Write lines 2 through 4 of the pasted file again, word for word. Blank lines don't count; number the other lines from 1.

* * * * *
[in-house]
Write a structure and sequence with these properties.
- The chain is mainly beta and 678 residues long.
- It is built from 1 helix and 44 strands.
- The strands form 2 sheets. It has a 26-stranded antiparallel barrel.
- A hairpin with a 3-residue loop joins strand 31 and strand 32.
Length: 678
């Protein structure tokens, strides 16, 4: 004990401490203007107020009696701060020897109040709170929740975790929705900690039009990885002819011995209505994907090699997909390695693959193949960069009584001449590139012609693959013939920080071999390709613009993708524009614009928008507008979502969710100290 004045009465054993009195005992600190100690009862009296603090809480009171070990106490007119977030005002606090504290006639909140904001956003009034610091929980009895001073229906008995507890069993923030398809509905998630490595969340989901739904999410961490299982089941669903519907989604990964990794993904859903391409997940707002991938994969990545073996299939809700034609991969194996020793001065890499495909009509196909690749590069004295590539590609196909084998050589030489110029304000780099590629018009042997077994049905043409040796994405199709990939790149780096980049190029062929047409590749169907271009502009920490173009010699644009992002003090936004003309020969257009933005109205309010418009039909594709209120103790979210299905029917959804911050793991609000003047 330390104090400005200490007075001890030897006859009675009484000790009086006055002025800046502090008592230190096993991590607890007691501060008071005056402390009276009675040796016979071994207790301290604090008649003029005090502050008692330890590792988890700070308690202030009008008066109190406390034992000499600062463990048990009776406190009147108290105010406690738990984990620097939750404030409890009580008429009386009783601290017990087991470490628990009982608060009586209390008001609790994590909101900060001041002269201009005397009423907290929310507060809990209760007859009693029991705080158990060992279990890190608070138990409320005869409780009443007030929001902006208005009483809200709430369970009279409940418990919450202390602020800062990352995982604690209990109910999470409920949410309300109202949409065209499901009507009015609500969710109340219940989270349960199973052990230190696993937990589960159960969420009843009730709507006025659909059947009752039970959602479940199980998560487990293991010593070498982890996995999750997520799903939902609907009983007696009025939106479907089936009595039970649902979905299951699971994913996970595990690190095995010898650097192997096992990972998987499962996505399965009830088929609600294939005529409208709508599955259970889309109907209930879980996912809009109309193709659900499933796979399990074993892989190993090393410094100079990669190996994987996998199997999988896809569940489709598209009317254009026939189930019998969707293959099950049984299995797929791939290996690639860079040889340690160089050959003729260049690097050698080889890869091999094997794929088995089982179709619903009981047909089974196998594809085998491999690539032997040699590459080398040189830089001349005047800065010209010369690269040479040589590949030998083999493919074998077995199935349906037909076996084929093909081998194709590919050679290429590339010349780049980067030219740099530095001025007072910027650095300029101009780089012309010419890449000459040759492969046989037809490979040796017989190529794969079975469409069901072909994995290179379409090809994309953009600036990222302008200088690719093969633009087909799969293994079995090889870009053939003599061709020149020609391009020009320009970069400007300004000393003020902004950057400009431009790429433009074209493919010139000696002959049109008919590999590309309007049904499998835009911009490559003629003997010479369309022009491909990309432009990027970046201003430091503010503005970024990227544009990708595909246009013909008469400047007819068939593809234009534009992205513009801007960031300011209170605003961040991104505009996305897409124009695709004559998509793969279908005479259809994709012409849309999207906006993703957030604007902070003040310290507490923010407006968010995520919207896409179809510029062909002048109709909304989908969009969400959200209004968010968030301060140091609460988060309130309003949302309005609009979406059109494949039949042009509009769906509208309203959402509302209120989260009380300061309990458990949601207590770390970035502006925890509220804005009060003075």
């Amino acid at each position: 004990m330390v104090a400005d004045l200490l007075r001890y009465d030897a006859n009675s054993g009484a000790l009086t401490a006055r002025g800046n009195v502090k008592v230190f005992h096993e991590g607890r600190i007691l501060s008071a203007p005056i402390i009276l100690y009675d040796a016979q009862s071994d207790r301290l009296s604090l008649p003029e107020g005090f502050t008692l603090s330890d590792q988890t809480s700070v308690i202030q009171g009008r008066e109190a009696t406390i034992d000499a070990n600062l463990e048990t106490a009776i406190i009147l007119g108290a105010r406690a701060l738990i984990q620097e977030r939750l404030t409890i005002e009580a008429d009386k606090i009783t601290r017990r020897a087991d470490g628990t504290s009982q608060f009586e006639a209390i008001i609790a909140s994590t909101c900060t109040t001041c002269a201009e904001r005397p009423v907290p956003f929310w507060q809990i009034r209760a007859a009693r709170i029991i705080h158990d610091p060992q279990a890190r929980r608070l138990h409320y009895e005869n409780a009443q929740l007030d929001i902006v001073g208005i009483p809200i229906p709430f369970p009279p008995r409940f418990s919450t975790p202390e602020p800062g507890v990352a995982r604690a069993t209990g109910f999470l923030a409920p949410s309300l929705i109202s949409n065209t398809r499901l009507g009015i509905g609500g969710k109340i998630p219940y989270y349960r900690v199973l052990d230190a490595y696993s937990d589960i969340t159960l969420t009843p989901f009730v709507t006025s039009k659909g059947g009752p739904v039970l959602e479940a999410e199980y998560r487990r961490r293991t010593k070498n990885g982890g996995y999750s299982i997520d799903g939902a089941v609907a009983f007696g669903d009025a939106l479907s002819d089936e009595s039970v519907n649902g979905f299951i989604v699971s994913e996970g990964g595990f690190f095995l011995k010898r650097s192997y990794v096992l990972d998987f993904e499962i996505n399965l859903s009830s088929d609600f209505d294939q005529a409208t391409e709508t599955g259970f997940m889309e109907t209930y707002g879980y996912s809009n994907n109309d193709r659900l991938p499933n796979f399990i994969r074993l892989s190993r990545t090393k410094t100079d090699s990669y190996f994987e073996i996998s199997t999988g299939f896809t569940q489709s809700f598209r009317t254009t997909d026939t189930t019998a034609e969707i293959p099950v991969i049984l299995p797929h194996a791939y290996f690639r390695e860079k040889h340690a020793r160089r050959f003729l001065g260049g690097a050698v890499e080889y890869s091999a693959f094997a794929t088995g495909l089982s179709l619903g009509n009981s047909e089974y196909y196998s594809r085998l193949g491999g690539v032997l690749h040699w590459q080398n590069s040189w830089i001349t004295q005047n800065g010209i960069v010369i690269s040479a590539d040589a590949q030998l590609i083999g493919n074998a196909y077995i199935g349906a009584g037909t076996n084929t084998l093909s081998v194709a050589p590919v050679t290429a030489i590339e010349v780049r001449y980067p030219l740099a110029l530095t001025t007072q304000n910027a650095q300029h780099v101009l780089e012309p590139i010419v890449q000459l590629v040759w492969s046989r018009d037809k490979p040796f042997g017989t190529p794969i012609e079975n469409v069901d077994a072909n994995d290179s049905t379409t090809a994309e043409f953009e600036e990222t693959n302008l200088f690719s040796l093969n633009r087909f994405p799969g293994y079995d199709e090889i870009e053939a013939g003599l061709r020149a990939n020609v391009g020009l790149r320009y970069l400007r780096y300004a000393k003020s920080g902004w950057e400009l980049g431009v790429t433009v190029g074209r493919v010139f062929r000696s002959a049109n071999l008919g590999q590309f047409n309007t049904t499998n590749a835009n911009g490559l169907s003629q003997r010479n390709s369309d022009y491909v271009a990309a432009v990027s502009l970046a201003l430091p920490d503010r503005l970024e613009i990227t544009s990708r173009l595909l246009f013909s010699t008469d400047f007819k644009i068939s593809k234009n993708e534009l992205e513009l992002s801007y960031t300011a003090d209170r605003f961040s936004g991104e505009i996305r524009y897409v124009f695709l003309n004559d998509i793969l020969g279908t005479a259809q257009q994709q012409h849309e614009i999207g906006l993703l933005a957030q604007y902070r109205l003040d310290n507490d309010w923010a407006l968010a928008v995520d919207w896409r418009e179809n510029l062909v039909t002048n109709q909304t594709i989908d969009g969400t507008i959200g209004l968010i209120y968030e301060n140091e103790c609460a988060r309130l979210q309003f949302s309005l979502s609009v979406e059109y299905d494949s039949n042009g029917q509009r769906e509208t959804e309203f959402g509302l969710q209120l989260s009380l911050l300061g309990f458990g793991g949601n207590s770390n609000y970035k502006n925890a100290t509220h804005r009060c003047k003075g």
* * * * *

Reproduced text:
Write a structure and sequence with these properties.
- The chain is mainly beta and 678 residues long.
- It is built from 1 helix and 44 strands.